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Things to see at Pantheon:
A bucket list of the top sights at Pantheon, ordered by popularity.
1. Piazza della Rotonda
2. Largo di Torre Argentina
3. Oculus
4. Piazza Colonna
5. Sant'Ivo alla Sapienza
6. Piazza della Minerva
7. Panteon de Agripa
8. Santa Maria sopra Minerva
9. Tempio di Adriano
10. Tomb of Raphael
11. Area Sacra
12. Temple of Hadrian
13. San Luigi dei Francesi
14. Bernini's Elephant
15. Sant'Andrea della Valle
16. Carabinieri
17. Piazza di Sant'Ignazio
18. Chiesa di Sant'Agostino
20. Phanteon
21. Sant'Eustachio
22. Piazza di Pietra
23. Palazzo Chigi
24. Elefantino
25. Via della Dogana Vecchia
26. Giolitti
27. Wan Shen Dian
28. Obelisco della Minerva
29. Caravaggio
30. Via del Seminario
31. Carafa Chapel

A pantheon (from Greek πάνθεον pantheon, literally "(a temple) of all gods", "of or common to all gods" from πᾶν pan- "all" and θεός theos "god") is the particular set of all gods of any polytheistic religion, mythology, or tradition:

A pantheon is an overview of a given culture's gods and goddesses and reflects not only the society's values but also its sense of itself. A pantheon directed by a thunderboltwielding autocrat might suggest a patriarchy and the valuing of warrior skills. A pantheon headed by a great-mother goddess could suggest a village-based agricultural society. To confront the pantheon of the Egyptians is to confront a worldview marked by a sense of death and resurrection and the agricultural importance of the cycles of nature. The Greek pantheon is a metaphor for a pragmatic view of life that values art, beauty, and the power of the individual, and that is somewhat skeptical about human nature.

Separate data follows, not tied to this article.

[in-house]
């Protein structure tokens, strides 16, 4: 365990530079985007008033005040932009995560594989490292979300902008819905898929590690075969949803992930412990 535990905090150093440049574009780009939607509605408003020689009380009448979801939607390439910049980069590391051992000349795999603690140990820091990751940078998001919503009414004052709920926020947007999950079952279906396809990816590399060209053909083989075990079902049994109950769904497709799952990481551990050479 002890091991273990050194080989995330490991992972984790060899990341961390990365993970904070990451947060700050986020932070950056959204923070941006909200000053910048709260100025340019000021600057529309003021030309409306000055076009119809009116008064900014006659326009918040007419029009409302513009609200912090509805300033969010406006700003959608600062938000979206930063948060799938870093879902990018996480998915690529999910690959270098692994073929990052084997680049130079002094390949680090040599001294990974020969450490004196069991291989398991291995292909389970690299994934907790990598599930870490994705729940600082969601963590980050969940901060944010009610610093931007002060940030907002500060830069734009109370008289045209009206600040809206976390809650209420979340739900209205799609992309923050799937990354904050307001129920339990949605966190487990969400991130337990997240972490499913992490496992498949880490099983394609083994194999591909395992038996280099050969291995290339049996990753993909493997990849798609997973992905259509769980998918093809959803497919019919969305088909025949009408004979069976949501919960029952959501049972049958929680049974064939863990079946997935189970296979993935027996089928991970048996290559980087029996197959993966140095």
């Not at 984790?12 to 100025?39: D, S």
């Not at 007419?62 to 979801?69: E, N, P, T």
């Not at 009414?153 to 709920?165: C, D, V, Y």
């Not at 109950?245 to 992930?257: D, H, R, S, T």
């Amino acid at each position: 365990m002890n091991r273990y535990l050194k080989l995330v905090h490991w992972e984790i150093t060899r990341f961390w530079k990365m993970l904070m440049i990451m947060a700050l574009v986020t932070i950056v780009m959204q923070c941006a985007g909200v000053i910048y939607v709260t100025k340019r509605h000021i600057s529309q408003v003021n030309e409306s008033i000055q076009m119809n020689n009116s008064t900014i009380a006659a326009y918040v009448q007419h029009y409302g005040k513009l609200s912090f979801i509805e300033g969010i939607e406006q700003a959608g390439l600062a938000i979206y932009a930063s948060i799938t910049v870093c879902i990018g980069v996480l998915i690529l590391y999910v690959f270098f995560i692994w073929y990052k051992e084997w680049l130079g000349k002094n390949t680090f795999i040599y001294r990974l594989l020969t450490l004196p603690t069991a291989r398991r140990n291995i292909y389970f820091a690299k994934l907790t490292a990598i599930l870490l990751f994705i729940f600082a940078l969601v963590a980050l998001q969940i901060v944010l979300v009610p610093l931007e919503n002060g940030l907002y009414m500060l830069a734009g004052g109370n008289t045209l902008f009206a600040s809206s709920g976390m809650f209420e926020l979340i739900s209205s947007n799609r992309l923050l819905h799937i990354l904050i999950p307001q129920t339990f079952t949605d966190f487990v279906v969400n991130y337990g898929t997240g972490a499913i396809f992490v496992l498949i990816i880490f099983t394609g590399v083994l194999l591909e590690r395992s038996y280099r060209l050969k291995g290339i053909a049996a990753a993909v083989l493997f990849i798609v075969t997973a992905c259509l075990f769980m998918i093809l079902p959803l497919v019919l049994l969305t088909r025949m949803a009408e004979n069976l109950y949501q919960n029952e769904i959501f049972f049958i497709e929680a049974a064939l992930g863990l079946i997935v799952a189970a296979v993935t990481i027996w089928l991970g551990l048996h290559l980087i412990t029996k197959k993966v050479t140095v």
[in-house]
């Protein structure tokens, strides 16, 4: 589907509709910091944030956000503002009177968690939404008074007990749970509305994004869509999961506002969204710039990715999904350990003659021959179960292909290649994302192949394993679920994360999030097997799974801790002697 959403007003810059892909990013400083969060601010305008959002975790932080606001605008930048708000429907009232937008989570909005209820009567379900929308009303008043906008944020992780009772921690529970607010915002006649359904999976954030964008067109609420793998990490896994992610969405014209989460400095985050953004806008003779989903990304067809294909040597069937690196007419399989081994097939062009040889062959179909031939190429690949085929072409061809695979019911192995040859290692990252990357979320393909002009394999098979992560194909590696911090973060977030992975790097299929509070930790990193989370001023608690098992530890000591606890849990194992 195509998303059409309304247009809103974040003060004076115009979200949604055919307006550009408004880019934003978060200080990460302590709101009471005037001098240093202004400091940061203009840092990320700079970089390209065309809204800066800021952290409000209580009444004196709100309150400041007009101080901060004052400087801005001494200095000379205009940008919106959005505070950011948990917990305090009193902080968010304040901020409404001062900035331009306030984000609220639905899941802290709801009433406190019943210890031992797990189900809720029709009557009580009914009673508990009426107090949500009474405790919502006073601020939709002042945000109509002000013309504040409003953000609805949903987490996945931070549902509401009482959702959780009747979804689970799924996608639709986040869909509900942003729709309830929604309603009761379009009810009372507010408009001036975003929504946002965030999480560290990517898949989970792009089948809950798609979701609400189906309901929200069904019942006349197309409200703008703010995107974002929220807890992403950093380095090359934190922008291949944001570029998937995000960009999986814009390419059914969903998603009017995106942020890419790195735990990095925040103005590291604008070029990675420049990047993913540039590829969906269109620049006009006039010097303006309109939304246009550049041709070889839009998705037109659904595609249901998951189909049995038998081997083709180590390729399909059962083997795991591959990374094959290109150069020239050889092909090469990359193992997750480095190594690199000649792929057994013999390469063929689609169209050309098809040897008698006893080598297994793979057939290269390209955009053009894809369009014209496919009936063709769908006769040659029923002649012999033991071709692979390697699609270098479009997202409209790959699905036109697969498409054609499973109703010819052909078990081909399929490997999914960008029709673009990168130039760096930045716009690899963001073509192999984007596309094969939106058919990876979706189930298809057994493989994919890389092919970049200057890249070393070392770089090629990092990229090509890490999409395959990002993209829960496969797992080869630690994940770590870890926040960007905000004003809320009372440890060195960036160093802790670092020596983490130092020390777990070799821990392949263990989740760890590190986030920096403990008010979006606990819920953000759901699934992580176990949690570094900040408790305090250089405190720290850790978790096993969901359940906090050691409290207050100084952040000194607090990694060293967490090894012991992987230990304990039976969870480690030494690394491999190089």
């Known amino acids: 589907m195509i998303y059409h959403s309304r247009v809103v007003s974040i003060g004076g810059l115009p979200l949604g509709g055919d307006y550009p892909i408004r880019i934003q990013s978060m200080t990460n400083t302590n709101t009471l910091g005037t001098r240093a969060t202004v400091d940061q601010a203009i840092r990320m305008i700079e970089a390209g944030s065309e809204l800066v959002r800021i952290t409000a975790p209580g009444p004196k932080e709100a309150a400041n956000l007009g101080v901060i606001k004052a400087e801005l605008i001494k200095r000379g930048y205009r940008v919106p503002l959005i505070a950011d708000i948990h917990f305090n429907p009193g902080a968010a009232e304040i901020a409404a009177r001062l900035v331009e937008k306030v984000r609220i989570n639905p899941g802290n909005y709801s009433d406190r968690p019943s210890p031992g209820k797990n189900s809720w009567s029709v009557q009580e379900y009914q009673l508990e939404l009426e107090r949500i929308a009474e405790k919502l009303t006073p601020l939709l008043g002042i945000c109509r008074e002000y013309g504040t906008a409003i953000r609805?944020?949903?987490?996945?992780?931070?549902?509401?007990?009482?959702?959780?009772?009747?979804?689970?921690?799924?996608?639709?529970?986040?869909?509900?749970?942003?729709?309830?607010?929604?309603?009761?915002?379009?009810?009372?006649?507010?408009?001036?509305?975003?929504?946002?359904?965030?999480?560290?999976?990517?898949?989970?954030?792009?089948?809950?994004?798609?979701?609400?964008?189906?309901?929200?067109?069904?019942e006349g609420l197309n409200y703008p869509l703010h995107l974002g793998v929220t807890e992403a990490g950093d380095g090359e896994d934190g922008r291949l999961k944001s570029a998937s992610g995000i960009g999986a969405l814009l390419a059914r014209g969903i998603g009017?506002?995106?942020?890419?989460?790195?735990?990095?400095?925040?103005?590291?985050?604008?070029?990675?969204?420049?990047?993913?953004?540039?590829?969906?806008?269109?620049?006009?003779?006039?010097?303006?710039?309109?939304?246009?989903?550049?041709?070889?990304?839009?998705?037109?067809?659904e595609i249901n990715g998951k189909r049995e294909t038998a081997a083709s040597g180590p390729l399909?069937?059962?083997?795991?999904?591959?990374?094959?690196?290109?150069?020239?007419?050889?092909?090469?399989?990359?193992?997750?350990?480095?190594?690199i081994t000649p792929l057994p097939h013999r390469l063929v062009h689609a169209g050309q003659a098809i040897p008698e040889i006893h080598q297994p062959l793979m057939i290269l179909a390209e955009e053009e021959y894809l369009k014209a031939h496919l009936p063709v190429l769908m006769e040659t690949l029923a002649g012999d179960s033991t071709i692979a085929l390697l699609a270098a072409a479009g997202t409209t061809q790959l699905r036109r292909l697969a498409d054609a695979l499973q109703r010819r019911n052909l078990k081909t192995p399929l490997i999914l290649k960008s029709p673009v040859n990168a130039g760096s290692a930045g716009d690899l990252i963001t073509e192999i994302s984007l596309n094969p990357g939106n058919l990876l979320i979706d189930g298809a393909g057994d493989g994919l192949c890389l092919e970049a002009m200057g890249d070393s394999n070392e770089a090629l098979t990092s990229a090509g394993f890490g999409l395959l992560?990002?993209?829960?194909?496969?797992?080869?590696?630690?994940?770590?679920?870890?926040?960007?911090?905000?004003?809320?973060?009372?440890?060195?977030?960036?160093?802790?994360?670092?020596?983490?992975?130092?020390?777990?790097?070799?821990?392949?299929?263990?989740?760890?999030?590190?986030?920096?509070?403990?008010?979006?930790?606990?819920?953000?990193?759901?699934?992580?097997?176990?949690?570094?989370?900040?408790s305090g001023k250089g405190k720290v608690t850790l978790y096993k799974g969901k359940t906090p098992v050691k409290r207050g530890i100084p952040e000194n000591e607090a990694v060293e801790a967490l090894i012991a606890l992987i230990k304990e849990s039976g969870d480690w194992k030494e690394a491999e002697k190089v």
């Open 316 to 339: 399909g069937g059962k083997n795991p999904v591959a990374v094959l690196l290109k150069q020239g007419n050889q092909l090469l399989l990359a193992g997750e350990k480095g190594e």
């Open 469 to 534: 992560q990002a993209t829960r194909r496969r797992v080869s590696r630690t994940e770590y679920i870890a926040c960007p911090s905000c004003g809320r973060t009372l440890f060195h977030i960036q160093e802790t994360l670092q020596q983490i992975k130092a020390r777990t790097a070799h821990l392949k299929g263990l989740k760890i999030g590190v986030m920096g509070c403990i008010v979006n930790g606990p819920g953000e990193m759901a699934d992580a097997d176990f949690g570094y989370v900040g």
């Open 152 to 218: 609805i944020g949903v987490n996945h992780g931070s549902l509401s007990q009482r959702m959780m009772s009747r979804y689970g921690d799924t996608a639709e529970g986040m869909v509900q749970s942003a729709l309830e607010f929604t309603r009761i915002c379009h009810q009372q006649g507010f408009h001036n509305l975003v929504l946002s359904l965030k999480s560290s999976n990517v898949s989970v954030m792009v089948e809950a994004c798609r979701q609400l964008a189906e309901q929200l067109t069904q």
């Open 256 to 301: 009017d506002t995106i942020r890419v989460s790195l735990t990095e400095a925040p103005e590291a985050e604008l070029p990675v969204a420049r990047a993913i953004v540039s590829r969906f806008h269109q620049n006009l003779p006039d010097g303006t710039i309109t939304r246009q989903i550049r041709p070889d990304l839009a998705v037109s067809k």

Max Weber's 1922 opus Economy and Society discusses the link between a pantheon of gods and the development of monotheism.

Pantheon can also refer to a temple or sacred building explicitly dedicated to "all deities", avoiding the difficulty of giving an exhaustive list. The most known such structure is the Pantheon of Rome, first built between the years 27 BCE and 14 CE. The building standing today was constructed on the same site around 126 CE. It was dedicated to "all gods" as a gesture embracing the religious syncretism in the increasingly multicultural Roman Empire, with subjects worshipping gods from many cultures and traditions. The building was later renovated for use as a Christian church in 609 under Pope Boniface IV.

Since the 16th century, "pantheon" can also refer in a secular sense to the set of a society's exalted persons. For example: Francis Ford Coppola has been described as "a San Francisco-based film-maker of scope and ambition whose place in that revered pantheon of independent movie directors, which broke the standard Hollywood studio mould as the 1960s expired, is secure".

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Oldest photo 04/15/2001
Newest photo 01/09/2016
Alternative titles "The Pantheon"
"Inside the Pantheon"
"Roma - Pantheon"
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